Lambert came out firing with “Fastest Girl in Town.” The production was grander and more impressive than at Bojangles’ Coliseum a year and a half ago when she first began touring for the “Four the Record” album. She hit on “Only Prettier” and “Baggage Claim” with signature sass early on. She let loose on Bob Seger & the Silver Bullet Band’s “Fire Down Below,” which was the strongest of five cover songs. She flung her long blonde locks wildly and stomped the stage before turning serious on “Over You.” She skipped the 2013 CMA Song of the Year, which she and husband Blake Shelton wrote for his deceased brother, on her last trip to Charlotte. It was obvious the very personal hit is still a tough one to perform.
The mood lifted for “Me and Charlie Talking” before turning serious again for “Dead Flowers.” Her voice soared on the ballad, leaving behind her country girl twang for the maturity and tempered scale climbing Lambert is capable of but doesn’t over use (she does this on the new Willie Nelson duets album too). It was a beautiful performance, but her face read as if this one got to her too.
Later in the set Lambert apologized for forgetting some words (she apparently forgot an entire verse of JOhn Prine's “That's the Way the World Goes `Round”). She said she was anxious about going into the studio on Monday to work on a new record. Having seen her four times now, there’s a sense that despite her tough girl persona Lambert is a sensitive soul that takes whatever is going on in her life on stage with her. That might not work for a highly choreographed pop artist like Lady Gaga or Madonna, but in country music it makes her seem more like a member of her audience.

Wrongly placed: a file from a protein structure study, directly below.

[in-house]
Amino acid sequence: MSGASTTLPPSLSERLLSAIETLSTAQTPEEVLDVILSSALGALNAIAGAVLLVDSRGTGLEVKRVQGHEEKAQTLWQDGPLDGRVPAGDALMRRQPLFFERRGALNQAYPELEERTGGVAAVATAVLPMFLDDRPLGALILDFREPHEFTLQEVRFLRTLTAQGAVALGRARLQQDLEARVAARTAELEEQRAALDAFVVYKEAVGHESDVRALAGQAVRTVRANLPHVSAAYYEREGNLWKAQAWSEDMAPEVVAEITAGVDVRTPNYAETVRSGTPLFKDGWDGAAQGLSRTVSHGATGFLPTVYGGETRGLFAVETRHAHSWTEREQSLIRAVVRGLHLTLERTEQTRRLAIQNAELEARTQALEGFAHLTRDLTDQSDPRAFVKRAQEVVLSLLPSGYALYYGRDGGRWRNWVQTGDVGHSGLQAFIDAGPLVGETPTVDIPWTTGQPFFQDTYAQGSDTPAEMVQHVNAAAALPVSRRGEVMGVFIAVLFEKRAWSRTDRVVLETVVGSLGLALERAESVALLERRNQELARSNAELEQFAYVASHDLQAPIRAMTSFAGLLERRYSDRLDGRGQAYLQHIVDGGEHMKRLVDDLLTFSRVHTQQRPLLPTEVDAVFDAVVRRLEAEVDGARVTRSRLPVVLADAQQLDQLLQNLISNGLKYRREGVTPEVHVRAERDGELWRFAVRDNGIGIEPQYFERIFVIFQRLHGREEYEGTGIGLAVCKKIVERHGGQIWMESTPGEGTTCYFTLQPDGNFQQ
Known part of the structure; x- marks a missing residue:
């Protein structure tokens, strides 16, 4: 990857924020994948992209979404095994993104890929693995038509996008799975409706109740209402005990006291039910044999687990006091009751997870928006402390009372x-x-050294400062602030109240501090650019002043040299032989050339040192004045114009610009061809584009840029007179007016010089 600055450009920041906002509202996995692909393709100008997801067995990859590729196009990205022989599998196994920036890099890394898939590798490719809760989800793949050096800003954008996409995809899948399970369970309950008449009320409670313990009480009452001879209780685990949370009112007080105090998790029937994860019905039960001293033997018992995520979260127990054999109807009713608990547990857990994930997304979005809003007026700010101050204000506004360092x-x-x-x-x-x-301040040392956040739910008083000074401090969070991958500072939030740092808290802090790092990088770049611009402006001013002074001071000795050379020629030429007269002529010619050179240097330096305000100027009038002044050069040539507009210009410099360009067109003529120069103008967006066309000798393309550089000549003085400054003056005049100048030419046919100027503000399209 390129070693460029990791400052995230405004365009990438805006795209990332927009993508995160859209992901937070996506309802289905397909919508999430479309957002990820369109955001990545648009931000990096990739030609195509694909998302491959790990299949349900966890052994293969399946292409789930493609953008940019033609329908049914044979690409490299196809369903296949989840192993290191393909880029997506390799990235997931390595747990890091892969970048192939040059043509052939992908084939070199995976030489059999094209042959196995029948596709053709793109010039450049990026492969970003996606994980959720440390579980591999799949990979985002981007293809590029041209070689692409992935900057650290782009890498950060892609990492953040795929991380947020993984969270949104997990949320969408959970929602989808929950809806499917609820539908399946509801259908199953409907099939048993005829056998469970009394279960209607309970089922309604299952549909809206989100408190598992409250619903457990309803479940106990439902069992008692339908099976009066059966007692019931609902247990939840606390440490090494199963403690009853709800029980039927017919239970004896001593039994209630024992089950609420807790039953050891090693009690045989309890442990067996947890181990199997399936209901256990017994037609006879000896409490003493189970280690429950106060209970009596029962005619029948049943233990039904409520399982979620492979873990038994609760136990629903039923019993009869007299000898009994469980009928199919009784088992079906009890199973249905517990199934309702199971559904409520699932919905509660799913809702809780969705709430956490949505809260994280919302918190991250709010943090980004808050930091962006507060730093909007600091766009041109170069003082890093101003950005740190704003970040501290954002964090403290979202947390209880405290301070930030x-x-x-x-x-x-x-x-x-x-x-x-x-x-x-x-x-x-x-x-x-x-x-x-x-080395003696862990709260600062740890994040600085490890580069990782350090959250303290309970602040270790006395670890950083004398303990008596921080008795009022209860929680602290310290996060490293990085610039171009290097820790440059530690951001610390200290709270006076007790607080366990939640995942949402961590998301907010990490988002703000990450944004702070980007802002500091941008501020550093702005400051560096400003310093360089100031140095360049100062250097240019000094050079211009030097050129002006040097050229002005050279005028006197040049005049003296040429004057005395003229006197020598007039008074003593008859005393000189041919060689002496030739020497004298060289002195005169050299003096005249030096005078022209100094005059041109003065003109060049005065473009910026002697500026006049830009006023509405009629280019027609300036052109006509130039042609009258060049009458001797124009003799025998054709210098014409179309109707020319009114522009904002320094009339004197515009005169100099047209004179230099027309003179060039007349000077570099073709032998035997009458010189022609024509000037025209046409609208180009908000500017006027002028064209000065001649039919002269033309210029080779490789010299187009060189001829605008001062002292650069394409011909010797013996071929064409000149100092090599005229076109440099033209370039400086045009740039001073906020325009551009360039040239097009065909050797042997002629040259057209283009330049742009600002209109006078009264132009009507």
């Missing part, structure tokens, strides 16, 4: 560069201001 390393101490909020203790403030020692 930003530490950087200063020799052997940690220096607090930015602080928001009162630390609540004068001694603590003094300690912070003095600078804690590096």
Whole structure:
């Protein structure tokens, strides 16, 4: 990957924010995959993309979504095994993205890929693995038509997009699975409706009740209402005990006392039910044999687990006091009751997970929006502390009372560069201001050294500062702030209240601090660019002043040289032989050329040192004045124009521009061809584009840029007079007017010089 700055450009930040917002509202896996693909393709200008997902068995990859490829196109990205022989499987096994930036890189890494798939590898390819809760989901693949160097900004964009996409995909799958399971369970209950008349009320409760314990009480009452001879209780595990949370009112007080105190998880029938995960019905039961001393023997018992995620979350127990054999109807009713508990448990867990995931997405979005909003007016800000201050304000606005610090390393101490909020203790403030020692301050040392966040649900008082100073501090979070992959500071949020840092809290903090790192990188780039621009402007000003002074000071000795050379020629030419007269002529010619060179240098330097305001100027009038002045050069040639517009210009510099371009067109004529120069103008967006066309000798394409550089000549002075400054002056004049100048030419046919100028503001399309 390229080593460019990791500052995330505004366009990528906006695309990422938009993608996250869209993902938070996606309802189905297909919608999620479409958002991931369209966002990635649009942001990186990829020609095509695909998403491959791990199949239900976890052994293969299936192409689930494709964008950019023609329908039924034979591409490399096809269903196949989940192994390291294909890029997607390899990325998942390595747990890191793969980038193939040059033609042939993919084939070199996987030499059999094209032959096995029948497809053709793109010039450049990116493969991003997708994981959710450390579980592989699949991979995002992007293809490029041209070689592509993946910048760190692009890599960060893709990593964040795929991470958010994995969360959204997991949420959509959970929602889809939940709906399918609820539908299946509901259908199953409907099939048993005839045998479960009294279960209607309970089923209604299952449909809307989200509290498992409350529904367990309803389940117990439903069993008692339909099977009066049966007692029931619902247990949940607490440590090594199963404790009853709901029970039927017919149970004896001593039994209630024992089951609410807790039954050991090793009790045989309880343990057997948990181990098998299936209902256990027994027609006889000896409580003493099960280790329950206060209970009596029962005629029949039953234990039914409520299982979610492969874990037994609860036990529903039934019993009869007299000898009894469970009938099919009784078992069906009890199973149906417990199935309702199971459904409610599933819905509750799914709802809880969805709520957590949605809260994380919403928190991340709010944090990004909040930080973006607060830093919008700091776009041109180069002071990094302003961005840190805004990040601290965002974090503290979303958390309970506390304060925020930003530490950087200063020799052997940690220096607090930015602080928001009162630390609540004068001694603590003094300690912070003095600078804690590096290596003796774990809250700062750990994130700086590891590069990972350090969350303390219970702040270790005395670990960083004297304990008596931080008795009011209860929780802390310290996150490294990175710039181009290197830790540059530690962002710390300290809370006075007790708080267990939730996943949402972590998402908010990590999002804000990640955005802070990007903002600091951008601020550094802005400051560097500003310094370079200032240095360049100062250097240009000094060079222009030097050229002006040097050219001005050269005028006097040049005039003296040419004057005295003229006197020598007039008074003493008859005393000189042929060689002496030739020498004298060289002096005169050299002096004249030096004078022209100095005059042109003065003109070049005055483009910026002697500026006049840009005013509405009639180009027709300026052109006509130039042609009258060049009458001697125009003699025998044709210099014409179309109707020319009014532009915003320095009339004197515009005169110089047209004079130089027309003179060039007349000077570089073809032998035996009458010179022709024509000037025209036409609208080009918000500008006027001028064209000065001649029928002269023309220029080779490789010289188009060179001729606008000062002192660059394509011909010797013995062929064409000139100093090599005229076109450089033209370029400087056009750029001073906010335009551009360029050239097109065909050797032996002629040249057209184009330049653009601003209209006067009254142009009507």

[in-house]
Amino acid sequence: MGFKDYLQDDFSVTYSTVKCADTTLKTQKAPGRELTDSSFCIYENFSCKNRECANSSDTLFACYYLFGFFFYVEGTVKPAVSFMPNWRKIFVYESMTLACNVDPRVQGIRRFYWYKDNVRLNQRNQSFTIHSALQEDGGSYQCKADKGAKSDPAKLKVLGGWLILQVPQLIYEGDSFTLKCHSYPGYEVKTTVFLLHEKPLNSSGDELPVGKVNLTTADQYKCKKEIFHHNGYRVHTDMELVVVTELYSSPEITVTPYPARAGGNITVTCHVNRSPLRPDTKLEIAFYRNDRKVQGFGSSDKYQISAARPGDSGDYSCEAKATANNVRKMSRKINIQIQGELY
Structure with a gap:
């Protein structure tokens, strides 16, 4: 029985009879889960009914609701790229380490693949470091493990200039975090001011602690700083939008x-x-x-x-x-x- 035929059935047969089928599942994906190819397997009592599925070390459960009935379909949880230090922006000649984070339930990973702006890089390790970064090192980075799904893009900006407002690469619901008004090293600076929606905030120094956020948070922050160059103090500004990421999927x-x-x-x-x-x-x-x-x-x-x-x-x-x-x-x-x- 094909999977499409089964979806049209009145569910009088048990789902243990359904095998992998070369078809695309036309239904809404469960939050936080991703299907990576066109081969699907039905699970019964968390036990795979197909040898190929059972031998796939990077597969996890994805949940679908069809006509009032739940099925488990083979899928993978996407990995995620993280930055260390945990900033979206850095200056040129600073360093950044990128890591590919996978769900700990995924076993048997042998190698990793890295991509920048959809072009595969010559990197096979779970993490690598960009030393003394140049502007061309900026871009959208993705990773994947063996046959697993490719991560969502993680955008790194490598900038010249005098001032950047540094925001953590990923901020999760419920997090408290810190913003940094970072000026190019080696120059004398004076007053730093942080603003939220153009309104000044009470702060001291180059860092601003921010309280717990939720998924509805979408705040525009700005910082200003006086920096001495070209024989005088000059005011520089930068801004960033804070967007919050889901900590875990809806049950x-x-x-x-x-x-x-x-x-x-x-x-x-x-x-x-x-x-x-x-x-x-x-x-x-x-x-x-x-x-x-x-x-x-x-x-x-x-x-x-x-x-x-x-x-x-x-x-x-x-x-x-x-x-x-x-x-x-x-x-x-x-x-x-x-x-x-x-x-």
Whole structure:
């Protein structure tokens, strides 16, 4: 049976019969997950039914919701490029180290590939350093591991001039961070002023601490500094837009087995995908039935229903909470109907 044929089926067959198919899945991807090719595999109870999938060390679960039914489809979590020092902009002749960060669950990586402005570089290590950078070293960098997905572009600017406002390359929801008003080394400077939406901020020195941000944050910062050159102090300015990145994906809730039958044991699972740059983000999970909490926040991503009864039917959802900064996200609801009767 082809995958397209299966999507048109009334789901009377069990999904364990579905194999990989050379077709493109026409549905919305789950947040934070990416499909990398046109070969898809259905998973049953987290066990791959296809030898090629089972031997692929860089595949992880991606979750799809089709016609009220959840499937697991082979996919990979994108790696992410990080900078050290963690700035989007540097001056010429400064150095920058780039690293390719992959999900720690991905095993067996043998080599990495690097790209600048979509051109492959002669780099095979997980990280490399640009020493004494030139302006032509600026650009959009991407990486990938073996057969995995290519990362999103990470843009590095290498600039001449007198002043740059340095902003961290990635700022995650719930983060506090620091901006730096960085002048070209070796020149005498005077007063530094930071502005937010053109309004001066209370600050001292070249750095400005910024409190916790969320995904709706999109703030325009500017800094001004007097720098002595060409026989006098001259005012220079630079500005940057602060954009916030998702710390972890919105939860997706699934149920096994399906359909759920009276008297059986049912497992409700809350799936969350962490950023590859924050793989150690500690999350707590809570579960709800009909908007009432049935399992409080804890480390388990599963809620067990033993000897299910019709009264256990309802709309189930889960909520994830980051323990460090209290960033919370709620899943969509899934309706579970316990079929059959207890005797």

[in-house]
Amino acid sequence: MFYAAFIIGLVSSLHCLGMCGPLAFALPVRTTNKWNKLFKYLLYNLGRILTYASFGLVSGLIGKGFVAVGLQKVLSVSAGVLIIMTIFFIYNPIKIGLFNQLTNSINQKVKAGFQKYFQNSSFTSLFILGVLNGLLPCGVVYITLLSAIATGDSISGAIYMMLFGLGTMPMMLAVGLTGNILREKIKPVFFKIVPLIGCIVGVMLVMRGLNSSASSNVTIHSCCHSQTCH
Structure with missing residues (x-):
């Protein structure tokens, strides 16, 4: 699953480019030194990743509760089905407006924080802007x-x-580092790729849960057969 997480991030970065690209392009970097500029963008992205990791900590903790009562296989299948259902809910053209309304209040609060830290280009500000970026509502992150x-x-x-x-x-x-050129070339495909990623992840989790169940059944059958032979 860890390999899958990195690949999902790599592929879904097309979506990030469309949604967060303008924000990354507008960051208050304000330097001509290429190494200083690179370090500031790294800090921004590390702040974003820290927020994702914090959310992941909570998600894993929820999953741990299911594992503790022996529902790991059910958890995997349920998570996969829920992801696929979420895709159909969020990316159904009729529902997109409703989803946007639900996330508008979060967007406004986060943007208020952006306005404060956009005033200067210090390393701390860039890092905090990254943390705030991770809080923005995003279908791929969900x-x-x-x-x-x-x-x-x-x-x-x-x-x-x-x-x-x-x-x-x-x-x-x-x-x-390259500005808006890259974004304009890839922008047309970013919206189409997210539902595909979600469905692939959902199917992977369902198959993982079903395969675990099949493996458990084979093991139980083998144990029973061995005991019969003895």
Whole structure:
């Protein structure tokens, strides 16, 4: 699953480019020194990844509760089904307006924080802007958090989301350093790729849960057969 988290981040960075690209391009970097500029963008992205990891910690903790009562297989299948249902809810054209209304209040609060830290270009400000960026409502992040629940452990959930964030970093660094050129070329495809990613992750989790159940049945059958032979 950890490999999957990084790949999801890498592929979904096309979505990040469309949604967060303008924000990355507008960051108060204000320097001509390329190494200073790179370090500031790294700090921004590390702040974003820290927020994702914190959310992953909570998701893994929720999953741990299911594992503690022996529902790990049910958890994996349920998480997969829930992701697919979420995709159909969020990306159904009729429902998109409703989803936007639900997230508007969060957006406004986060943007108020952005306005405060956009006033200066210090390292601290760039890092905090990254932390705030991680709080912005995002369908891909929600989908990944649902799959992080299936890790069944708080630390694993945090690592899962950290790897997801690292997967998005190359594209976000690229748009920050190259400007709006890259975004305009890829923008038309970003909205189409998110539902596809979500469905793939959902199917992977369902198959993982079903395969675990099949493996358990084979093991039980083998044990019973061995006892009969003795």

Her sass returned for “Mama’s Broken Heart” as she spun like Stevie Nicks in her black tank top, sequined silver skirt, and fringed boots. She and opening act Gwen Sebastian (from “The Voices’” Team Blake) rallied for girl power on the Judds’ “Girls Night Out.” It was the second of five covers, including the all-star encore of “King of the Road” with Jukebox Mafia, Bentley, Sebastian, Randy Rogers (who turned in a crowd-rousing opening set) and their bands. Personally I want more originals (“Airstream Song” and “Me and Your Cigarettes” from “Revolution” would be my picks), but that’s just me.
There were no costume changes or band-showcasing exits. Lambert is no diva. She and Bentley both performed with five-piece bands, not the swelling three-guitar assaults solo stars sometimes carry. She broke from recent setlists, switching order and leaving a couple songs off. Instead she opted for must-play hits like “Famous in a Small Town” and “Kerosene.” The latter always manages to burn the house down as if it was meant to close the show. That place was reserved for the equally fiery “Gunpowder and Lead.”
In between she struck on The Beatles’ “Get Back,” the new single “All Kinds of Kinds” (with a beautiful revolving light show of disco balls throwing white light around the arena) and the touching “House That Built Me.” But it was during “Gunpowder & Lead” that a gleeful grin was glued to her face.
She ended with an encore of “White Liar” and the all-star jam where she again threw the spotlight to her touring companions. If she hadn’t admitted earlier to “seeming disheveled” the crowd wouldn’t have noticed. But that’s kind of why people dig her - because she does admit it.